Immigration lawyers around the United States welcomed the Administration’s recent announcement that younger immigrants may be eligible for “Deferred Action” and work authorization. The policy will grant qualified immigrants the opportunity to live free from fear of deportation and allow them to work legally. This exciting new development brings hope to immigrants and their families. It is not currently a path to a Green Card or Citizenship, nor does it grant permanent legal status to anyone.  It will also not extend to family members – everyone must qualify on his or her own.
To qualify, an individual must:
  • have arrived in the U.S. when they were under the age of sixteen;
  • have continuously resided in the U.S. for at least five years prior to June 15, 2012 and have been present in the U.S. on June 15, 2012;
  • currently be in school, have graduated from high school, have a GED, or be an honorably discharged veteran of the U.S. Coast Guard or the U.S. Armed Forces;
  • not have been convicted of a felony offense, a “significant misdemeanor offense,” three or more non-significant misdemeanors, or otherwise pose a threat to national security or public safety; and
  • have been under thirty-one years old on June 15, 2012
The deferred action offer will be available to those in proceedings, those with final removal orders, as well as to those who apply affirmatively.
The Administration is not yet accepting applications for this action. Within sixty days – by the middle of August – the Administration expects to issue guidance and information about how eligible individuals can request deferred action and work authorization.
If you are NOT IN REMOVAL proceedings, DO NOT apply for deferred action at this time.Unfortunately, this policy may open the door for fraud and deception by so-called “Notarios.” In the United States, notarios have no legal background and cannot legally practice law or represent you.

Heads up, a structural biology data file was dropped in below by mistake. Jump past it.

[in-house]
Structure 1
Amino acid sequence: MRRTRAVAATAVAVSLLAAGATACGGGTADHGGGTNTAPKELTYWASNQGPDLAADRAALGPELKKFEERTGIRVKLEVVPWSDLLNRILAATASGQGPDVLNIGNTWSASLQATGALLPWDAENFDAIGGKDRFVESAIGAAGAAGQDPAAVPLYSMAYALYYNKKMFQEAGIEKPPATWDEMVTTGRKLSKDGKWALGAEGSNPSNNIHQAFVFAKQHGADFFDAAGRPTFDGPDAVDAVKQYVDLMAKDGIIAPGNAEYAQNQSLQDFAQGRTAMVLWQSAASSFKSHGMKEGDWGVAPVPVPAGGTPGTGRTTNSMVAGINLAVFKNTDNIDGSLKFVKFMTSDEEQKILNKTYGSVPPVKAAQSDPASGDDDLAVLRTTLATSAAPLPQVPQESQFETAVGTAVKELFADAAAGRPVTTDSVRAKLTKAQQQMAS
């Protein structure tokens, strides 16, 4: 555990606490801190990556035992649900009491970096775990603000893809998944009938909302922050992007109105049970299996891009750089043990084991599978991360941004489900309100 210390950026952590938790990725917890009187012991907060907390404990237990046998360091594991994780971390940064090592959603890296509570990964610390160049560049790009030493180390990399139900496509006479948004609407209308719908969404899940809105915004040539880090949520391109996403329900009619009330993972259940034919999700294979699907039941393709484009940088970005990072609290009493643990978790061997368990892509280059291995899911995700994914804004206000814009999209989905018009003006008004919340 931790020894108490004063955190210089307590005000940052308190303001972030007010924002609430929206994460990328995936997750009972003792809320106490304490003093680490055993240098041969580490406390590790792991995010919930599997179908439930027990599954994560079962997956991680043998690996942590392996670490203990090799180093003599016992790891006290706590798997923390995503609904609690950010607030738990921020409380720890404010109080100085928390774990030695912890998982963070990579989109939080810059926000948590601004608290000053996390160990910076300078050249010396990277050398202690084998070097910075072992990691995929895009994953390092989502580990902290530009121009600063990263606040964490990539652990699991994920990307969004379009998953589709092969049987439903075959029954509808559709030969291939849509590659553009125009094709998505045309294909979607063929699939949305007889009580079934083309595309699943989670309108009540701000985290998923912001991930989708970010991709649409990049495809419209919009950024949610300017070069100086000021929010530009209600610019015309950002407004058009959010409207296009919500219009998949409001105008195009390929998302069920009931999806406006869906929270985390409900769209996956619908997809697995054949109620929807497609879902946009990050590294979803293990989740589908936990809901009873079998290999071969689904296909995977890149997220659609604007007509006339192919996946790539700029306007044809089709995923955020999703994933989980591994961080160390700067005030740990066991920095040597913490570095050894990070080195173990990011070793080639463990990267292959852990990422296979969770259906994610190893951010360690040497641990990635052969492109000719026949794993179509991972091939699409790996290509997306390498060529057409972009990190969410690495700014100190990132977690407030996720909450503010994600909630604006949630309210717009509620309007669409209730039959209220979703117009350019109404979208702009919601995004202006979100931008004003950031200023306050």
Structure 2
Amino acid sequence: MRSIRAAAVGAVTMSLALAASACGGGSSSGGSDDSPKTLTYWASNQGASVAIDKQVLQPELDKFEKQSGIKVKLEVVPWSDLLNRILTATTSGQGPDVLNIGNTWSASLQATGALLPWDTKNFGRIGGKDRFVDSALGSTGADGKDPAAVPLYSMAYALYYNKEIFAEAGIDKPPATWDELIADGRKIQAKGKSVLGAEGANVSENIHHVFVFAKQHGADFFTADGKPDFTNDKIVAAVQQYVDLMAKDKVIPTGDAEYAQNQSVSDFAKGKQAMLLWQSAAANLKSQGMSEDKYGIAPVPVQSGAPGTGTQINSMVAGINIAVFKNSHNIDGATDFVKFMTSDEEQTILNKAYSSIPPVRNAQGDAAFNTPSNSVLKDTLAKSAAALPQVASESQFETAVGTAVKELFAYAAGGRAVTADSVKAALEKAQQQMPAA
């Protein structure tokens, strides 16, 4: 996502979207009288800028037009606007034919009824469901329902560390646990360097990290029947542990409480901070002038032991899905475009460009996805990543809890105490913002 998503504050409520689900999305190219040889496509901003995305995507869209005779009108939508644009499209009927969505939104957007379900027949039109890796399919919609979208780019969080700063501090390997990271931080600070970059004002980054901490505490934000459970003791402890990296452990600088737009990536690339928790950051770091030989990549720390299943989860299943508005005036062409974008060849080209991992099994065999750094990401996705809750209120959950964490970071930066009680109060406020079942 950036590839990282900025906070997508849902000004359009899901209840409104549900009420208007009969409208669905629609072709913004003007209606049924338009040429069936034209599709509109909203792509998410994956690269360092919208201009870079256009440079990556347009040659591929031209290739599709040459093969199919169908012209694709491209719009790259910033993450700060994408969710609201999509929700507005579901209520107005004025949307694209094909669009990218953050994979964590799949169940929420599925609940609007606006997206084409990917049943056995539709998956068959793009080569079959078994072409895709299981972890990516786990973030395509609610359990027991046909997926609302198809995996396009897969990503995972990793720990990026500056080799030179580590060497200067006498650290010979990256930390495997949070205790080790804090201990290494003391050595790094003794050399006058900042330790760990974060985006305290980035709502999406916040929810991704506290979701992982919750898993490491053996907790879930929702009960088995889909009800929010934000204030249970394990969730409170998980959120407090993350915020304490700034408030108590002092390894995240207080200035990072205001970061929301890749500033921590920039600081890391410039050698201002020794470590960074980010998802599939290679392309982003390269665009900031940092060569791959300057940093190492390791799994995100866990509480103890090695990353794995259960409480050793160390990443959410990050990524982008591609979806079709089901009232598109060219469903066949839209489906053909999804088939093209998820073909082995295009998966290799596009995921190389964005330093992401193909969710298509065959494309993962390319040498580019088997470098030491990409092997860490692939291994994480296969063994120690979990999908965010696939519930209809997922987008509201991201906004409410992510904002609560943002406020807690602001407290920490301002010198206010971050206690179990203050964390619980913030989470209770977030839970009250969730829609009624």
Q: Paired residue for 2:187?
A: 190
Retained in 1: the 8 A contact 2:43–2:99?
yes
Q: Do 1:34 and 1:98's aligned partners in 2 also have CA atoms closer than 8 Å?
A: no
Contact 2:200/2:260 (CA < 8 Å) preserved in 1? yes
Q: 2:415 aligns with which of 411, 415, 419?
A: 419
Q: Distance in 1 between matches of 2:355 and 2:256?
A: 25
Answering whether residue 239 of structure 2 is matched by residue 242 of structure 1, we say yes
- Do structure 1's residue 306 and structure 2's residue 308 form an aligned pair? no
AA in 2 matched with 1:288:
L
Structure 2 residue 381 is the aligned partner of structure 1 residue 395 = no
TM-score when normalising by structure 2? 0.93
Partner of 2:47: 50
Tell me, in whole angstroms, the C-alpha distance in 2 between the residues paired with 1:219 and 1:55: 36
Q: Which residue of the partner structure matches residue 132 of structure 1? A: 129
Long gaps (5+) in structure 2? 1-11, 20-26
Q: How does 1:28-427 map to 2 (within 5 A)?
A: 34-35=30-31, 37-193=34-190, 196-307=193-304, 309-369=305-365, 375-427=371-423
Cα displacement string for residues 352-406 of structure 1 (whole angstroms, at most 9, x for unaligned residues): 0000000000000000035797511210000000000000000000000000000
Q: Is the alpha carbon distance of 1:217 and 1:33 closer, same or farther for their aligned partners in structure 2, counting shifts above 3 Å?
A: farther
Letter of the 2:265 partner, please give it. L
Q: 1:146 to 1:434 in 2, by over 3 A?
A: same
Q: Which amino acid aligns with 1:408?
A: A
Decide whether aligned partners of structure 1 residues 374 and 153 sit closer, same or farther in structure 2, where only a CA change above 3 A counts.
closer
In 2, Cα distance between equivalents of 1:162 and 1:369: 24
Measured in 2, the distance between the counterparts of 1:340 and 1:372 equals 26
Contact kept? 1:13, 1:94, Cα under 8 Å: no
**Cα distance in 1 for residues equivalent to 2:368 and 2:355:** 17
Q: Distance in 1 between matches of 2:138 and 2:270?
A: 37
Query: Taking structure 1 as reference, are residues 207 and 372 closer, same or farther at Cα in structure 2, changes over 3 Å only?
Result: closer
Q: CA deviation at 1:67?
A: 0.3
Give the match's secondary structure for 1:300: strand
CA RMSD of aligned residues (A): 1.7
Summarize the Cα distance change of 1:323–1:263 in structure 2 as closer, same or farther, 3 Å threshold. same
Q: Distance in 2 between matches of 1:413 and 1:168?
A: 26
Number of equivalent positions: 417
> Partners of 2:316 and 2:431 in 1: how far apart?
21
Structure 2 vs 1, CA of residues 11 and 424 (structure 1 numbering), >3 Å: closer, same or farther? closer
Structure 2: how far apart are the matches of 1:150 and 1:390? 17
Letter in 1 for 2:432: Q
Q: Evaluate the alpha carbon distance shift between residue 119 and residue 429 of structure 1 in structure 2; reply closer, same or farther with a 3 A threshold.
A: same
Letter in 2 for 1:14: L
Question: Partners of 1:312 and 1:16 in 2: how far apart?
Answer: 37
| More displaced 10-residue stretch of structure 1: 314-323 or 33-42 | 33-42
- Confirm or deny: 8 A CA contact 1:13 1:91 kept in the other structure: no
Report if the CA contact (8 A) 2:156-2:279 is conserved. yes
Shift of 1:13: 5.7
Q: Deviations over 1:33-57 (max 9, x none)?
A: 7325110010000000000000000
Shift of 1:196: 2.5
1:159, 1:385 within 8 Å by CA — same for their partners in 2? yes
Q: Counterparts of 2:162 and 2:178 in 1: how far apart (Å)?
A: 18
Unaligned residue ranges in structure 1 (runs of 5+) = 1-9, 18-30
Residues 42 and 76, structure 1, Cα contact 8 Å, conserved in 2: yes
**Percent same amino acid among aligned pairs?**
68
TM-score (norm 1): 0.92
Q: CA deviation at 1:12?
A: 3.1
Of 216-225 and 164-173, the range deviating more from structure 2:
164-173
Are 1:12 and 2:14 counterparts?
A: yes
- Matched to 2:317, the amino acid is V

Further, anyone claiming they can submit an application or charging a fee for applying for deferred action should NOT be trusted until the process has been announced by the federal government. An immigrant’s case can be delayed by notarios acting in bad faith, resulting in penalties and even deportation.
Do not endanger your chance to qualify for this action and make sure to contact a licensed attorney for more information on applying for deferred action. If you believe you are eligible for deferred action, you may contact Ryvin Wallace Group by calling our Washington DC office (703) 531-0790, or San Francisco CA office (415-765-0679).
After the jump, please read what we expect to happen in the coming weeks, more early analysis, and key Department of Homeland Security Memo and FAQs.

What we expect to happen in the coming weeks:
·       Announcement from USCIS about how it intends to handle Deferred Action – note USCIS is under orders from the President to begin implementing by August 15, 2012
·       Publication of forms, filing fees, and other important details (currently  no formal form for this benefit)
·       Legal action from opponents of Deferred Action
More early analysis:
·       The process will require someone to prove eligibility under each of the criterion listed above
·       How will significant misdemeanor be defined?  Broadly, and remember a single offense makes someone ineligible
·       ICE has the authority to grant deferred action to anyone.  This is important, because some may find themselves just outside of the “group” defined by the criterion noted above; but who are still kind of young person targeted by the Administration:

o   Have or will soon have, at least a high school degree or GED
o   No trouble with the law
o   No current or past gang membership
o   Acclimated to life in the US
o   Arrived at a young age (note – the rules do not distinguish between those entered legally and then over-stayed, from those who entered without inspection, or who may be currently legal, but not work authorized)
For your reference:
DHS Deferred Action Memo_6-15-2012
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DHS Deferred Action FAQ_6-15-2012
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